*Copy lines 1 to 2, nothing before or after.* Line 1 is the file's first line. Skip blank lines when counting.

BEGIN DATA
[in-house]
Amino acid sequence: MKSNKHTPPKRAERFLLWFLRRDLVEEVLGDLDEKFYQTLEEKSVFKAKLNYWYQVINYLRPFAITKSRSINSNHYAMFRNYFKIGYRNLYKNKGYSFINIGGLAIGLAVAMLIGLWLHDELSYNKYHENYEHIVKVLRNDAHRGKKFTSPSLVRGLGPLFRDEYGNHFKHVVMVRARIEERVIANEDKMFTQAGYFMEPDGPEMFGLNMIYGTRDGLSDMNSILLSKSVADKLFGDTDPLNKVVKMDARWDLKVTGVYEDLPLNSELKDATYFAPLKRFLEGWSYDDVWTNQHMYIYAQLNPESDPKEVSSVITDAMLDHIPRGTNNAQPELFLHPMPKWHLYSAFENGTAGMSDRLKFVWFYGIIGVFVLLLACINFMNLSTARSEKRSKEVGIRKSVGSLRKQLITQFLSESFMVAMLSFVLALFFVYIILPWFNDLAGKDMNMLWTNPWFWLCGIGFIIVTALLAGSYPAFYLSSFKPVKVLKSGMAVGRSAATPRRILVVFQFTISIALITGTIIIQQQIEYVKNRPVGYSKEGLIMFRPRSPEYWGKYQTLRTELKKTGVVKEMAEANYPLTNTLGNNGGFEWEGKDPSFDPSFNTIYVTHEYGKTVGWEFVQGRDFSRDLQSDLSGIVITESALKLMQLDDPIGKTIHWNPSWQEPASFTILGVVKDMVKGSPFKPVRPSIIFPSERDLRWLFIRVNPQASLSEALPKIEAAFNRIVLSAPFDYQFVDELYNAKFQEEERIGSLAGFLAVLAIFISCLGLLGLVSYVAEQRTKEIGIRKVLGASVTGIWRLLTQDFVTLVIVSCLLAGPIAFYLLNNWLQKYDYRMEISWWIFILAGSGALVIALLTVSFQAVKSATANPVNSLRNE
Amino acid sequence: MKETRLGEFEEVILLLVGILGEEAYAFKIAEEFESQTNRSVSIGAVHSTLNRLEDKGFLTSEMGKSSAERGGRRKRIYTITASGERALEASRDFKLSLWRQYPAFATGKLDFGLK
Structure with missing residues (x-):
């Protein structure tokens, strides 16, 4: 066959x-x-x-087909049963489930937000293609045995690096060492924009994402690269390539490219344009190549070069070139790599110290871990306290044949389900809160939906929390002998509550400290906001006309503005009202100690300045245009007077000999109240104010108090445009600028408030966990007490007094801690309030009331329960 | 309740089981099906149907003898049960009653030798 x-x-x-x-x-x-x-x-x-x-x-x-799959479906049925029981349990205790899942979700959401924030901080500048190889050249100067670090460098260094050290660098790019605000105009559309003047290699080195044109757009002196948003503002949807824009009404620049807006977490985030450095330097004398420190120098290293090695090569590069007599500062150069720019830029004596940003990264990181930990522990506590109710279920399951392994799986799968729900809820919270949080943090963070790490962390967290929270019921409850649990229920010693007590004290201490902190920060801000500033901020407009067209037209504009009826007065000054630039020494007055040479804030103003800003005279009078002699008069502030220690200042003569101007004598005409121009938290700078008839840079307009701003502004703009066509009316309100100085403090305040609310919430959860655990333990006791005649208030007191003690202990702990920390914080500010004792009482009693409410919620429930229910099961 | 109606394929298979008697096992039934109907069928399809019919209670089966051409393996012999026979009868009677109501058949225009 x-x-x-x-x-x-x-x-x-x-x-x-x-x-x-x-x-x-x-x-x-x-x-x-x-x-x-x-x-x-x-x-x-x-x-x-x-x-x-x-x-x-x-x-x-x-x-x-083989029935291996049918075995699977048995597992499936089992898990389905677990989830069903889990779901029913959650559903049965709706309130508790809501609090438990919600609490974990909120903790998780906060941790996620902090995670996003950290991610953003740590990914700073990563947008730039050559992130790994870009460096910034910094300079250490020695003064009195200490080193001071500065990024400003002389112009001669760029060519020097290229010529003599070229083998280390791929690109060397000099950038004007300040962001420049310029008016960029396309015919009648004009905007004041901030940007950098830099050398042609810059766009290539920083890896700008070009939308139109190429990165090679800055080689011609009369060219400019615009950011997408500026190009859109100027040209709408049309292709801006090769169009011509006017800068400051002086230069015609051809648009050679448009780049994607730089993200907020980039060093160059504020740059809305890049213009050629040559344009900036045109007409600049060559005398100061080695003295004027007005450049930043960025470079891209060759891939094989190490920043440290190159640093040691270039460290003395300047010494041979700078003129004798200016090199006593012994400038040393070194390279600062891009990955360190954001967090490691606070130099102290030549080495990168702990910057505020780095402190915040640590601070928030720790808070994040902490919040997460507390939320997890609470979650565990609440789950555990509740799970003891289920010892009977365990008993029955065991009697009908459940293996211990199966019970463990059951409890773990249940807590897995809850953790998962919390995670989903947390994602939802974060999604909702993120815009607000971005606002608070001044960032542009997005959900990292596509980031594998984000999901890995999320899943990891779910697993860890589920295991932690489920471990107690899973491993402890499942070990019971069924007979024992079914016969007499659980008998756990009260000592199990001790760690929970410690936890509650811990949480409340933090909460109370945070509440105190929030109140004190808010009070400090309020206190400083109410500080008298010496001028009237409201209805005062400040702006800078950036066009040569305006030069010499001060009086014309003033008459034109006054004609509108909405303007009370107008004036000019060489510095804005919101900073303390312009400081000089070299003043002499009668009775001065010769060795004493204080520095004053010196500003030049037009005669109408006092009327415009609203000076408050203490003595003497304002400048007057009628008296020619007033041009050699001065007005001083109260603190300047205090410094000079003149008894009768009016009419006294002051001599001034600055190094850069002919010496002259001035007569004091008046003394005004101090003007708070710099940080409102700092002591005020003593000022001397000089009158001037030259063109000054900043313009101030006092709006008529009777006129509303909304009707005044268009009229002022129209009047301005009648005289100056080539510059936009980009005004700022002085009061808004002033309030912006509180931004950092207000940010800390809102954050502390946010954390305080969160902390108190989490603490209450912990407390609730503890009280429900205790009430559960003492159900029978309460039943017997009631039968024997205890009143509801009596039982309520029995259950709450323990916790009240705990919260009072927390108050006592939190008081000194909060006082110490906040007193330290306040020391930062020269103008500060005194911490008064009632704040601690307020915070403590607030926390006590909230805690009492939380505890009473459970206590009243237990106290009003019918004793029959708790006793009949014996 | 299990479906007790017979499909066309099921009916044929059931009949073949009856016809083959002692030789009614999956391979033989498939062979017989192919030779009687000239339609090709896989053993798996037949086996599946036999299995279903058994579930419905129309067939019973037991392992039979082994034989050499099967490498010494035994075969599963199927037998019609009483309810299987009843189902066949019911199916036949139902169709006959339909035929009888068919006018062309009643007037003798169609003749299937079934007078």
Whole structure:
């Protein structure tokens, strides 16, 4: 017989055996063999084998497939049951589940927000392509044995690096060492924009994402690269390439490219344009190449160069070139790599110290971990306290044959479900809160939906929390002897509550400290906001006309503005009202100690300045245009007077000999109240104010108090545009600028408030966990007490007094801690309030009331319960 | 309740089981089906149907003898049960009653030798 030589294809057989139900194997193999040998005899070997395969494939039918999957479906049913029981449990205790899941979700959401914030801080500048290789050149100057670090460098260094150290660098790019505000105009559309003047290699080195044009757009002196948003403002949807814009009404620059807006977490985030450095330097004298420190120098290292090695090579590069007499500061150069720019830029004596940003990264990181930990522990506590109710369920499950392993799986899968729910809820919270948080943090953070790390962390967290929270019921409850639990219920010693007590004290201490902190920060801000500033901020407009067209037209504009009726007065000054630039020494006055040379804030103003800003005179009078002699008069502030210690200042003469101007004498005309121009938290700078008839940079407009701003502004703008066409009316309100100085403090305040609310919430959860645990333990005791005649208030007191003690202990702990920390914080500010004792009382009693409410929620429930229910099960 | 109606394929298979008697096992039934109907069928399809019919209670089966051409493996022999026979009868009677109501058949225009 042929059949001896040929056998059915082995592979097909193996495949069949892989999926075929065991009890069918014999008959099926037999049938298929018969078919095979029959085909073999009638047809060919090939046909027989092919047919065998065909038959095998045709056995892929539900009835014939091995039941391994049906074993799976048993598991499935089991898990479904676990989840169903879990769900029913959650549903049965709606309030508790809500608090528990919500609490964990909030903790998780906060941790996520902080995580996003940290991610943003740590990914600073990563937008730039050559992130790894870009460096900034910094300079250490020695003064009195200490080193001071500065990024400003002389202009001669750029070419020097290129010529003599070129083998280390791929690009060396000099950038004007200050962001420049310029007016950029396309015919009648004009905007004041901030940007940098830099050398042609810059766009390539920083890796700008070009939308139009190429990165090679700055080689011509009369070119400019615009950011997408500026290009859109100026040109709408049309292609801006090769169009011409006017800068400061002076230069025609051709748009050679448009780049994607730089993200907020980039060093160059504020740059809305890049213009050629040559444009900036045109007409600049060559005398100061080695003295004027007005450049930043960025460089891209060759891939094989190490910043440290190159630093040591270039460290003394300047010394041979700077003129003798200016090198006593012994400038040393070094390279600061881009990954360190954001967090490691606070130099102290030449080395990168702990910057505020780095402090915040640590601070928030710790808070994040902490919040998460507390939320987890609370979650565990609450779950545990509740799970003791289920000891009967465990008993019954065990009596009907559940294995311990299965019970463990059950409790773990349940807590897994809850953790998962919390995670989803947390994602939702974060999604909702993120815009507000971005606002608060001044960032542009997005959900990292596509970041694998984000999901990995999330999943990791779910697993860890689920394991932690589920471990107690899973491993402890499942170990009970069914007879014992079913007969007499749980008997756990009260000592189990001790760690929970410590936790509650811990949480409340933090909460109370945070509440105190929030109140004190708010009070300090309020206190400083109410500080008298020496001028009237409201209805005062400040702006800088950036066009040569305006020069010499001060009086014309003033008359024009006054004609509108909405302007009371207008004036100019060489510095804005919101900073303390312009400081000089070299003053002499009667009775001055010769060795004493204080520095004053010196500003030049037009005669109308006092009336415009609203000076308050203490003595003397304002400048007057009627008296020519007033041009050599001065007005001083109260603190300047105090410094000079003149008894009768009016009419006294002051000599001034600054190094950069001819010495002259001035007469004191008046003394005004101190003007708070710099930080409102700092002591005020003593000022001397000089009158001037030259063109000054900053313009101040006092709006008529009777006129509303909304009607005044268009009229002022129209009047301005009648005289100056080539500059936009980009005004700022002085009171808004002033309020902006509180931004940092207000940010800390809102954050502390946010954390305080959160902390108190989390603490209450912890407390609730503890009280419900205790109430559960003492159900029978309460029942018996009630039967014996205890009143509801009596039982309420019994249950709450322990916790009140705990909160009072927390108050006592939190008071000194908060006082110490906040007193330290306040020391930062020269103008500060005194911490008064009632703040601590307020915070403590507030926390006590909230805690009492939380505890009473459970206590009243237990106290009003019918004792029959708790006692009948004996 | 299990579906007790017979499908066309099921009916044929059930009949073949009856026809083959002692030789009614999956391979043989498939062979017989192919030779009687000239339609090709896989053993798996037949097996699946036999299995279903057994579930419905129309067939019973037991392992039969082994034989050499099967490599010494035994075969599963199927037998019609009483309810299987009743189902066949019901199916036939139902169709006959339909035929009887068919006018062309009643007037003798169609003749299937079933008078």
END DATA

[in-house]
Amino acid sequence: MKSNKHTPPKRAERFLLWFLRRDLVEEVLGDLDEKFYQTLEEKSVFKAKLNYWYQVINYLRPFAITKSRSINSNHYAMFRNYFKIGYRNLYKNKGYSFINIGGLAIGLAVAMLIGLWLHDELSYNKYHENYEHIVKVLRNDAHRGKKFTSPSLVRGLGPLFRDEYGNHFKHVVMVRARIEERVIANEDKMFTQAGYFMEPDGPEMFGLNMIYGTRDGLSDMNSILLSKSVADKLFGDTDPLNKVVKMDARWDLKVTGVYEDLPLNSELKDATYFAPLKRFLEGWSYDDVWTNQHMYIYAQLNPESDPKEVSSVITDAMLDHIPRGTNNAQPELFLHPMPKWHLYSAFENGTAGMSDRLKFVWFYGIIGVFVLLLACINFMNLSTARSEKRSKEVGIRKSVGSLRKQLITQFLSESFMVAMLSFVLALFFVYIILPWFNDLAGKDMNMLWTNPWFWLCGIGFIIVTALLAGSYPAFYLSSFKPVKVLKSGMAVGRSAATPRRILVVFQFTISIALITGTIIIQQQIEYVKNRPVGYSKEGLIMFRPRSPEYWGKYQTLRTELKKTGVVKEMAEANYPLTNTLGNNGGFEWEGKDPSFDPSFNTIYVTHEYGKTVGWEFVQGRDFSRDLQSDLSGIVITESALKLMQLDDPIGKTIHWNPSWQEPASFTILGVVKDMVKGSPFKPVRPSIIFPSERDLRWLFIRVNPQASLSEALPKIEAAFNRIVLSAPFDYQFVDELYNAKFQEEERIGSLAGFLAVLAIFISCLGLLGLVSYVAEQRTKEIGIRKVLGASVTGIWRLLTQDFVTLVIVSCLLAGPIAFYLLNNWLQKYDYRMEISWWIFILAGSGALVIALLTVSFQAVKSATANPVNSLRNE